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  1. Spinoza, Boyle, Galileo: Was Spinoza a Strict Mechanical Philosopher?Filip Buyse - 2013 - Intellectual History Review 23 (1):45-64.
  2. Review of Don Garrett, Necessity and Nature in Spinoza (Oxford University Press, 2018). The Philosophical Review, Forthcoming. [REVIEW]Yitzhak Melamed - forthcoming - Philosophical Review.
  3. Spinoza, Baruch.Michael LeBuffe - 2013 - International Encyclopedia of Ethics.
    Baruch, or Benedictus, Spinoza (1632–77) is the author of works, especially the Ethics and the Theological-Political Treatise, that are a major source of the ideas of the European Enlightenment. The Ethics is a dense series of arguments on progressively narrower subjects – metaphysics, mind, the human affects, human bondage to passion, and human blessedness – presented in a geometrical order modeled on that of Euclid. In it, Spinoza begins by defending a metaphysics on which God is the only substance and (...)
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  4. Spinoza, Religion and Recognition.Ericka Tucker - 2019 - In Maijastina Kahlos, Heikki J. Koskinen & Ritva Palmén (eds.), Reflections on Recognition: Contemporary and Historical Studies. New York, NY, USA: Routledge. pp. 219-231.
    In the pre-history of the concept of recognition Spinoza’s social philosophy deserves a special place. Although we rarely think of Spinoza as a social philosopher, Spinoza understood well the ways in which individual subjectivity is shaped by the social forces. I will argue that Spinoza offers a mechanism to understand the way in which recognition works, in order to untangle the web of affect, desire and ideas, which support the recognitions and misrecognitions at the foundation of social life. Spinoza sets (...)
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  5. Teleology in Jewish Philosophy: Early Talmudists Till Spinoza.Yitzhak Melamed - forthcoming - In Jeffrey McDonough (ed.), Teleology: A History. New York, NY, USA:
    Medieval and early modern Jewish philosophers developed their thinking in conversation with various bodies of literature. The influence of ancient Greek – primarily Aristotle (and pseudo-Aristotle) – and Arabic sources was fundamental for the very constitution of medieval Jewish philosophical discourse. Toward the late Middle Ages Jewish philosophers also established a critical dialogue with Christian scholastics. Next to these philosophical corpora, Jewish philosophers drew significantly upon Rabbinic sources (Talmud and the numerous Midrashim) and the Hebrew Bible. In order to clarify (...)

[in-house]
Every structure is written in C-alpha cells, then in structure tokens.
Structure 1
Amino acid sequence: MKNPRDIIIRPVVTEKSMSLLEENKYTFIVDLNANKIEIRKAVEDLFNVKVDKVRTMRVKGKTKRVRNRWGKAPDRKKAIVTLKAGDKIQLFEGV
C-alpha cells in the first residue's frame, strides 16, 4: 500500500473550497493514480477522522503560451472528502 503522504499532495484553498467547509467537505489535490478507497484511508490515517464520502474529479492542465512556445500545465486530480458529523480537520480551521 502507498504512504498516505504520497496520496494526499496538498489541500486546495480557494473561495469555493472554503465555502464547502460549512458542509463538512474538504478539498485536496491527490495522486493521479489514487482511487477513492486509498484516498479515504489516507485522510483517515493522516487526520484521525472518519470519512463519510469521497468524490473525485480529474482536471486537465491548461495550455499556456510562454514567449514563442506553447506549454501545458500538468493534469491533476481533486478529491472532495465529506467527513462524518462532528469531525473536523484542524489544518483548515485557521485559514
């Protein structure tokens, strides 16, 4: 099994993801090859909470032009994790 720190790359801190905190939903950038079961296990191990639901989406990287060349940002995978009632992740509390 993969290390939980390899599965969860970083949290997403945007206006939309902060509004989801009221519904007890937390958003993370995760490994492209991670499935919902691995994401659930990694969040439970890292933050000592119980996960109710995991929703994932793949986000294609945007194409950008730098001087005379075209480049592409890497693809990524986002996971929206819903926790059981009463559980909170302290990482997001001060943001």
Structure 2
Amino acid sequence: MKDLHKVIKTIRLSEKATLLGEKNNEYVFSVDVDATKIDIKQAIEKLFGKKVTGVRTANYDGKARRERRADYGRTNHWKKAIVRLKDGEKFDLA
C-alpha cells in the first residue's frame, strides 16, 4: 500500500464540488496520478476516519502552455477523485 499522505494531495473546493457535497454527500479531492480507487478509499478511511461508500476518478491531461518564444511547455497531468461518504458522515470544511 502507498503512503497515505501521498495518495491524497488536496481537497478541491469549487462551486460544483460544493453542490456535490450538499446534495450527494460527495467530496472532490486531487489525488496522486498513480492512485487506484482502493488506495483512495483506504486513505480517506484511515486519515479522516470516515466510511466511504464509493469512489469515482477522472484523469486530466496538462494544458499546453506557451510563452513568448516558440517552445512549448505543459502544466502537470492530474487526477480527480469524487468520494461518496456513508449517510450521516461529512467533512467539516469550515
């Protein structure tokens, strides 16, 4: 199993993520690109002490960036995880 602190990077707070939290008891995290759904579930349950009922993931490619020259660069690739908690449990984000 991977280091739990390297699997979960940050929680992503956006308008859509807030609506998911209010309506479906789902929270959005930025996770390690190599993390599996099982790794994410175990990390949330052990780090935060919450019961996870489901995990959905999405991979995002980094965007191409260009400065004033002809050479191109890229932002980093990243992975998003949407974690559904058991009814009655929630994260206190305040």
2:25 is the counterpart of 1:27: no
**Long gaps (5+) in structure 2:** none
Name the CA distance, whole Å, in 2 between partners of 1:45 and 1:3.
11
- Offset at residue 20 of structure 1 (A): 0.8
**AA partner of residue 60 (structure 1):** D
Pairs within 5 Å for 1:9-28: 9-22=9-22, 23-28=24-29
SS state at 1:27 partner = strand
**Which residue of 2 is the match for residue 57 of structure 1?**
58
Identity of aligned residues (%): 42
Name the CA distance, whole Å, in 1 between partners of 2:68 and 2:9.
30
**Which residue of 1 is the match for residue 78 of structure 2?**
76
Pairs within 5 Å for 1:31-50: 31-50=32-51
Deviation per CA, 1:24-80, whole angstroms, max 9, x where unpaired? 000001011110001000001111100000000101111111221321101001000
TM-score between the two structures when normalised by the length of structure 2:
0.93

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  6. Māyā and Becoming: Deleuze and Vedānta on Attributes, Acosmism, and Parallelism in Spinoza.Michael Hemmingsen - 2018 - Comparative and Continental Philosophy 10 (3):238-250.
    ABSTRACTThis paper compares two readings of Baruch Spinoza – those of Gilles Deleuze and Rama Kanta Tripathi – with a particular focus on three features of Spinoza’s philosophy: the relationship between substance and attribute; the problem of acosmism and unity; and the problem of the parallelism of attributes. Deleuze and Tripathi’s understanding of these three issues in Spinoza’s thought illustrates for us their own concerns with becoming over substance and māyā, respectively. This investigation provides not just two interesting and contradictory (...)
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  7. Judaism, Panentheism and Spinoza’s Intellectual Love of God.Richard Mather - 2017
    It is a popular misconception that Spinoza was a pantheist or even an atheist. He was not. Like the medieval Kabbalists, Spinoza was a panentheist.
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  8. Cambridge Critical Guide to Spinoza’s Ethics.Yitzhak Melamed (ed.) - 2017 - Cambridge University Press.
  9. Uno Spinoza sistemico: Strumenti per un'interpretazione sistemica del pensiero di Spinoza.Emanuele Costa - 2014 - Rivista di Filosofia Neo-Scolastica 106 (3):525-535.